Auditor Finds Tallil Fish ‘Most Finicky'
By John Connor
Special to American Forces Press Service
TALLIL AIR BASE, Iraq, Oct. 29, 2007 Bill Zett, an auditor with the U.S. Army Corps of Engineers, believes it’s nice to catch a fish when fishing, but not always necessary.
Bill Zett, a full-time U.S. Army Corps of Engineers auditor and part-time fisherman, fishes Lake Wisconsin at Tallil Air Base, Iraq. Photo by John Connor
(Click photo for screen-resolution image);high-resolution image available.
Zett goes fishing most Friday mornings at Lake Wisconsin, a manmade lake not far from the headquarters of the Corps’ Gulf Region South district on this sprawling onetime Iraqi air base. He said it is peaceful and relaxing and helps break up the routine of long work weeks.
Zett said he has been told Lake Wisconsin is so named because it was built by a National Guard unit from Wisconsin. He said it is home to three kinds of fish: asp, which he likened to small-mouth bass back home, catfish and carp.
On his most recent outing, Zett caught none of the above. In fact, he only had a few nibbles and saw just one fish break the surface. “I can’t believe they’re not biting,” he said at one point.
“These are the most finicky fish I’ve ever been around,” he added later.
Still, Zett said, it was a most enjoyable couple hours, a pleasant break from his work as the command's internal auditor. And he applied some homespun wisdom to the fishless fishing expedition, saying, “All I know is if you don’t fish, you won’t catch anything.”
On this day, Zett used dates as bait. He said Patricia Biltoft, the Gulf Region South administrative chief, accompanied him to the fishing hole recently and caught seven fish using corn and peas as bait.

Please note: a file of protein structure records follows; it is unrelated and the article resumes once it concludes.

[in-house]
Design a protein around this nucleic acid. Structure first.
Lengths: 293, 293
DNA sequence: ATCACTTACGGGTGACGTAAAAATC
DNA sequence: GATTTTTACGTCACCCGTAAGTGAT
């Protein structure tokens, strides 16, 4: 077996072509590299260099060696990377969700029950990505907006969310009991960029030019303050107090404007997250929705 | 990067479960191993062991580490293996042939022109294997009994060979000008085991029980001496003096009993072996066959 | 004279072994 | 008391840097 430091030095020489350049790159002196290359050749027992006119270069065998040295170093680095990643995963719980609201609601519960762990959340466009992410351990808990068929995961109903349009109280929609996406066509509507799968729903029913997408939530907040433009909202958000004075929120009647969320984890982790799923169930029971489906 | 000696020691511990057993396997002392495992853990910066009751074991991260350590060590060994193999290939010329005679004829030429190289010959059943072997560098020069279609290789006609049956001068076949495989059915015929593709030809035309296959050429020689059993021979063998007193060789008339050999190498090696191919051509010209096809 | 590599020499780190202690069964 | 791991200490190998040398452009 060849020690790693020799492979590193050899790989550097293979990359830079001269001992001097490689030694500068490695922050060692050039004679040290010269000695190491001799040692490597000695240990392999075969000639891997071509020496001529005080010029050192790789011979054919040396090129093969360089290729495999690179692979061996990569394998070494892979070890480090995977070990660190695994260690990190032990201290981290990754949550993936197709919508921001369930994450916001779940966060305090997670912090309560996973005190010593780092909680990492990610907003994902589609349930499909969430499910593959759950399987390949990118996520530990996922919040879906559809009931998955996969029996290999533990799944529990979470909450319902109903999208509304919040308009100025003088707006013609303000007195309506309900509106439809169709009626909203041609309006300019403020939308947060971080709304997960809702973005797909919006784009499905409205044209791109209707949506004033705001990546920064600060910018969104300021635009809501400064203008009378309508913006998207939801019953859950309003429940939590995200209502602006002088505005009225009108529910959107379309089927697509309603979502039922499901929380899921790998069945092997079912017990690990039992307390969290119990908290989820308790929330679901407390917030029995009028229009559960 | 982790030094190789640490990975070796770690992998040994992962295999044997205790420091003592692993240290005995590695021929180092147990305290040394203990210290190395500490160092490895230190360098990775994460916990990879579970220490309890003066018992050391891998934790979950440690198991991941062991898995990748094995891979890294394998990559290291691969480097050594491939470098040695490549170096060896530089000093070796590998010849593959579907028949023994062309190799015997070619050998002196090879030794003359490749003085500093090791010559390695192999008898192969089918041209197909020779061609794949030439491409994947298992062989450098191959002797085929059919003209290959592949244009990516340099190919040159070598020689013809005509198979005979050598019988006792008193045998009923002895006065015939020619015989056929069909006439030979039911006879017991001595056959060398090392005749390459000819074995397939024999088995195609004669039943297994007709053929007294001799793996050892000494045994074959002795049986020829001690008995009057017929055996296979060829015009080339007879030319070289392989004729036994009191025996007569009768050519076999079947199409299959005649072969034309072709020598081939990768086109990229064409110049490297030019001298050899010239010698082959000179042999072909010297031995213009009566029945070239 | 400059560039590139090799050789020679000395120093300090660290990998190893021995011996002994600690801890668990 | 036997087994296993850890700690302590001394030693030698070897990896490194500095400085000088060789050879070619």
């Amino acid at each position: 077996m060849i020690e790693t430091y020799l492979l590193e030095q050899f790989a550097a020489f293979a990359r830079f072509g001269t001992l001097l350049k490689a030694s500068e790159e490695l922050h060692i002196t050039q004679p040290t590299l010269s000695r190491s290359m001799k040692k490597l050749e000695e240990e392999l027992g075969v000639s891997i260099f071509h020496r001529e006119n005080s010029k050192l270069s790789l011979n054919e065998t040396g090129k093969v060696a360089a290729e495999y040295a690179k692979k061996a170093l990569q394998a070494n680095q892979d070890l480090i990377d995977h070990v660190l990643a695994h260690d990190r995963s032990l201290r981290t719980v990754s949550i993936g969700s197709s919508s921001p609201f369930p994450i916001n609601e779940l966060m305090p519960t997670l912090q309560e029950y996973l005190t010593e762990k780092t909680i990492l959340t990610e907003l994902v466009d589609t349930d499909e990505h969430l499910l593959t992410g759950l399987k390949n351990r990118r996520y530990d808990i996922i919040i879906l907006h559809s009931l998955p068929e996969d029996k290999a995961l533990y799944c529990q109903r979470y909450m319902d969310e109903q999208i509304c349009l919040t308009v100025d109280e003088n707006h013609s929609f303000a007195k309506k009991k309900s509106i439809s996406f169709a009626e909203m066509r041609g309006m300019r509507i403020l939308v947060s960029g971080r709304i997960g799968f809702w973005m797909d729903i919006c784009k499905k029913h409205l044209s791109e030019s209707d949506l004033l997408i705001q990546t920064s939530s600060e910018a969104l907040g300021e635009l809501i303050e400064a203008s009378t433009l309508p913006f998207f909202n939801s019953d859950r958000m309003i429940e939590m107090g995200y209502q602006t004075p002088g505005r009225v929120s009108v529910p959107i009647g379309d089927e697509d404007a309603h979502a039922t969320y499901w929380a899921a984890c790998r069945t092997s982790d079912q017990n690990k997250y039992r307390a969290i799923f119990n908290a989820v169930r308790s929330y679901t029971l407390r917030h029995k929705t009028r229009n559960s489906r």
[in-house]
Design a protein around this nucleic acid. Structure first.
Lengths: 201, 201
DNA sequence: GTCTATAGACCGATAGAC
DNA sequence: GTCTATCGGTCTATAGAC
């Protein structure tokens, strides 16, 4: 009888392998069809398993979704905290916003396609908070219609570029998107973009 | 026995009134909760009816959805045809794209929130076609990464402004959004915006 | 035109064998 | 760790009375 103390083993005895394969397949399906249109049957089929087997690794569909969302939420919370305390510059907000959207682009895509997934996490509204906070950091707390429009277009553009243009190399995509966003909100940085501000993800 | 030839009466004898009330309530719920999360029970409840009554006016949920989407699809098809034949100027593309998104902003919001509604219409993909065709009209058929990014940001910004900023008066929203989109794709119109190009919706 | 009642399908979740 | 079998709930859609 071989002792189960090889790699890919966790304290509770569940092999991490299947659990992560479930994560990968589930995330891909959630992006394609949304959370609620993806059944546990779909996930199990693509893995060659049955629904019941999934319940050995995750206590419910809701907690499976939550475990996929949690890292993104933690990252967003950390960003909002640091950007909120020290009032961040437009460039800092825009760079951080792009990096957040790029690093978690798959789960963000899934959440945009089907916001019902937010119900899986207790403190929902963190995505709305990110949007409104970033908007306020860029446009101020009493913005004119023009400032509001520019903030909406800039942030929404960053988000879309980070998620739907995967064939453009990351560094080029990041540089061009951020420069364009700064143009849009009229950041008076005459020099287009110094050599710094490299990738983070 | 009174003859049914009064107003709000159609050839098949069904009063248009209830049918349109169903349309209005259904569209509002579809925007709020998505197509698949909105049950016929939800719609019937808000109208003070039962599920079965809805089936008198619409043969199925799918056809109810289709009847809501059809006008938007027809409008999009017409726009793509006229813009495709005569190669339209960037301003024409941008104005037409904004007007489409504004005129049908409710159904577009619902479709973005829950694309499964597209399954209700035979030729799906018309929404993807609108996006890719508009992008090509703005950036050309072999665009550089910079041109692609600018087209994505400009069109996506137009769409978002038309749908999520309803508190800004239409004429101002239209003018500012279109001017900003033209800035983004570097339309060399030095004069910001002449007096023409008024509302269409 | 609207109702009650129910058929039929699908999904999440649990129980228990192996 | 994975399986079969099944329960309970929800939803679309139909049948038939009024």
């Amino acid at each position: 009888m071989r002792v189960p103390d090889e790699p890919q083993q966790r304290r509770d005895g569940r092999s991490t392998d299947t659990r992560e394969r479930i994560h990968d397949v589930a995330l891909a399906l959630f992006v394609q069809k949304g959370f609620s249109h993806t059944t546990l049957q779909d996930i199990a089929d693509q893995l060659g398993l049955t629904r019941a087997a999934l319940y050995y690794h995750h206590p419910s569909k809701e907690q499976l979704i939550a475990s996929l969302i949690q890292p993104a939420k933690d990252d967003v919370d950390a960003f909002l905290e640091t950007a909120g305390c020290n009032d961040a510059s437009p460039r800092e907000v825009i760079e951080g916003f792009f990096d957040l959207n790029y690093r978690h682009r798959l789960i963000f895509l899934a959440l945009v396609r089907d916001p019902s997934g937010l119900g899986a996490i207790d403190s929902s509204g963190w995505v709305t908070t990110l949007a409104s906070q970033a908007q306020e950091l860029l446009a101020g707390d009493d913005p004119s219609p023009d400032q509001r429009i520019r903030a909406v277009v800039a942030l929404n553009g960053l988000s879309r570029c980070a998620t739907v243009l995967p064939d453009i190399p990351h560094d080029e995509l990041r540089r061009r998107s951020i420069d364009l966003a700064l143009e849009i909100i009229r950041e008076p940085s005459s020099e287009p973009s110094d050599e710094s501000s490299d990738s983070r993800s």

He said he has caught some 3- or 4-pounders in Lake Wisconsin and remarked that people believe all sorts of things about the key to catching fish, such as the fullness of the moon or the time of day.
When he does land some fish, he said, he throws them back.
Zett, a native Texan who worked for the Texas National Guard since 1969, is on his second year in Iraq, having extended for a year. He left the Texas Guard altogether "to support my country" in Iraq. He said his work can be taxing at times, but that he enjoys the people and the mission and serving his country, something his family has done before.
Zett said his father and two other relatives were at Pearl Harbor, Hawaii, when the Japanese attacked on Dec. 7, 1941, and that his father managed to get off the USS Utah before it sank. He said all three survived and that his father spent nearly two years afloat during World War II without touching land.
(John Connor is a public affairs officer with the Gulf Region South District, U.S. Army Corps of Engineers, Iraq.)